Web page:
Tuesday, November 29, 2011

Just because you’re paranoid …

Yesterday afternoon I received the strangest call on my cellphone. Aside from the fact that almost no one calls me on the cell, the caller claimed to have found on the campus of a local community college a notebook for a history course. My name and phone number were written inside the notebook, which the caller wanted to return.

Keep in mind that the last history course I took was probably as a college freshman many, many moons ago, and that I’ve never been on that campus much less taken a course there.

So, mindful of scams, social engineering, and other things of that ilk, I was suspicious. How did that person get my name and number? Was the call a probe? When I answered the call, the caller’s number appeared, but not his name. That seemed suspicious, too, although if neither the number nor the name appeared I won’t have answered the call.

Yes, I should probably call back and determine if the call was legitimate or it. Maybe someone wrote my name and number in his notebook, and then lost it, although I can’t image who would do that. Am I worrying too much about this?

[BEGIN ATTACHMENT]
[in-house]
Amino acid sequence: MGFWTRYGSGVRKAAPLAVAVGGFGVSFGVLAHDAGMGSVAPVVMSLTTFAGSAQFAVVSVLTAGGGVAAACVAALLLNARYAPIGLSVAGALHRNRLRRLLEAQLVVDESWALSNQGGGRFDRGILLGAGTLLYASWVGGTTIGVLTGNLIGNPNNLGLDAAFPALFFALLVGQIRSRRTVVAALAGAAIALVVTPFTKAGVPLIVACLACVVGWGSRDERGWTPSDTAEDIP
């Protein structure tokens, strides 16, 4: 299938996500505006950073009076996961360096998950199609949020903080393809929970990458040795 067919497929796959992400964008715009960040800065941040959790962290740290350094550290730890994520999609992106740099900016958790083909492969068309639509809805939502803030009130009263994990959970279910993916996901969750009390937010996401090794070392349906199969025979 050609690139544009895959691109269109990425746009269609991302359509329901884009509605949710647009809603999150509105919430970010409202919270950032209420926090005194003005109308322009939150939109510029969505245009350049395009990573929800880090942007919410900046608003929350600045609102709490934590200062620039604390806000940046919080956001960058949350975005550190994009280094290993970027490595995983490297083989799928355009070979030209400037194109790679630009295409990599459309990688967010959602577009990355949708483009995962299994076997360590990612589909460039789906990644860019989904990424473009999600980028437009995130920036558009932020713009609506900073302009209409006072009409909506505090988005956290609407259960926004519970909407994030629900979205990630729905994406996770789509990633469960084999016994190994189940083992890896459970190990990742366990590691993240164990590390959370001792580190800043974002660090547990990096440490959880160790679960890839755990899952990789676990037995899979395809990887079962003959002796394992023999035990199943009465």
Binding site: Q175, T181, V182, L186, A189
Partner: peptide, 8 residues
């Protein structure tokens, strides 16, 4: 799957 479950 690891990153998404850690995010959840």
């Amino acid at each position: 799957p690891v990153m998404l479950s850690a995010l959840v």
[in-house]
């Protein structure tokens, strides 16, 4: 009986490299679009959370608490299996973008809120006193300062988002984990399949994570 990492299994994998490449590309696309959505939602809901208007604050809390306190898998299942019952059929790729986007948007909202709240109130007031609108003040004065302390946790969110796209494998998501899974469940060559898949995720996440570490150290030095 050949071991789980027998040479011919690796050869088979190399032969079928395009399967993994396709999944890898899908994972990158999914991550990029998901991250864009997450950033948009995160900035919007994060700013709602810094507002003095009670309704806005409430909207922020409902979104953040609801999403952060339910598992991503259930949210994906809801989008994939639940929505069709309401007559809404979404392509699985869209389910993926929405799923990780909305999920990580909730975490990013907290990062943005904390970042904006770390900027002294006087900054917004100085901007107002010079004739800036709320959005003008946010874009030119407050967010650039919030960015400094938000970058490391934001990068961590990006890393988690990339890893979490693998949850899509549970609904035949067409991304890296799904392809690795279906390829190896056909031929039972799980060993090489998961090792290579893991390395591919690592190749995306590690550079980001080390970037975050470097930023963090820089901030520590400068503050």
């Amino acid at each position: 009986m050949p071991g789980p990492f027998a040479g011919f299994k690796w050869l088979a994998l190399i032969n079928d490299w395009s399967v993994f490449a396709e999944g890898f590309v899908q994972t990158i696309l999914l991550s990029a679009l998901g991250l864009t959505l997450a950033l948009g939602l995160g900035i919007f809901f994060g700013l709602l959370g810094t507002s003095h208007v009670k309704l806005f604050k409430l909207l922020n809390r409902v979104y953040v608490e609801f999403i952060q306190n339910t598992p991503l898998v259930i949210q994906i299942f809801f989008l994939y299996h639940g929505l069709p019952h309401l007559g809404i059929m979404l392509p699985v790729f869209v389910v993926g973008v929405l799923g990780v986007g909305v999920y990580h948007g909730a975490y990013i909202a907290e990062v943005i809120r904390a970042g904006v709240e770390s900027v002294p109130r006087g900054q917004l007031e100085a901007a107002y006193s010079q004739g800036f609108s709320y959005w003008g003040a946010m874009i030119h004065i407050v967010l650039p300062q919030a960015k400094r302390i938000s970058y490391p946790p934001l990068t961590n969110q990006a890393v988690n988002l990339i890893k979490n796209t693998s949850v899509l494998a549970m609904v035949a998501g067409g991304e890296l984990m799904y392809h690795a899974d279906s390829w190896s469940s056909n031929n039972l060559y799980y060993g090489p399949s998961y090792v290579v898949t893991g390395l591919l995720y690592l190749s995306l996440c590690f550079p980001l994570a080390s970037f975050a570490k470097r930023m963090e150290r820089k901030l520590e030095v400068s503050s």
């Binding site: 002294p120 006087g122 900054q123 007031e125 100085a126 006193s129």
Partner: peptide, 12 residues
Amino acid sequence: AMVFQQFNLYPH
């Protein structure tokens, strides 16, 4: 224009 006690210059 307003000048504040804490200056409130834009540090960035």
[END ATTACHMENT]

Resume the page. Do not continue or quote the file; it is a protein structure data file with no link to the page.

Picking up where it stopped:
Monday, November 28, 2011

Ease of theft of IRS refunds has eveyone doing it

This is a scary story from the Miami Herald about street criminals joining scammers to steal IRS refunds, as well as identities, with ease. Imagine killing a postman on his rounds to get the master key to condo mailboxes. The arrest and conviction rate is certainly higher for street crimes than for cybercrimes. Evidently the ease of the former make it attractive nevertheless.

Wednesday, November 23, 2011

From The Moscow Times, Recent trends in legal regulation of information security

The article claims Russia has strict regulations on privacy and security, but acknowledges problems. The problem with news from Russian media is that it's rank with propaganda, most of it not too subtle. The Cold War lives on. Is it heating up?

Wednesday, November 9, 2011

Yawn. European Information Security Agency warns about data-profiling risks to minors

Sure there are risks, and risks can be mitigated. So, why is this news? Where are parents in this? Pull the plug, or except and attempt to mitigate the risk.

This isn't so different from the rants that surrounded BoA's announcement of monthly fees for debit card use. If someone doesn't want to pay the fee, don't use the card. Use cash, or charge it, or don't buy.

BoA isn't forcing anyone to use the card, and no one is forcing kids to use the Internet, although, unfortunately, many are pushing pretty hard.

Tuesday, November 8, 2011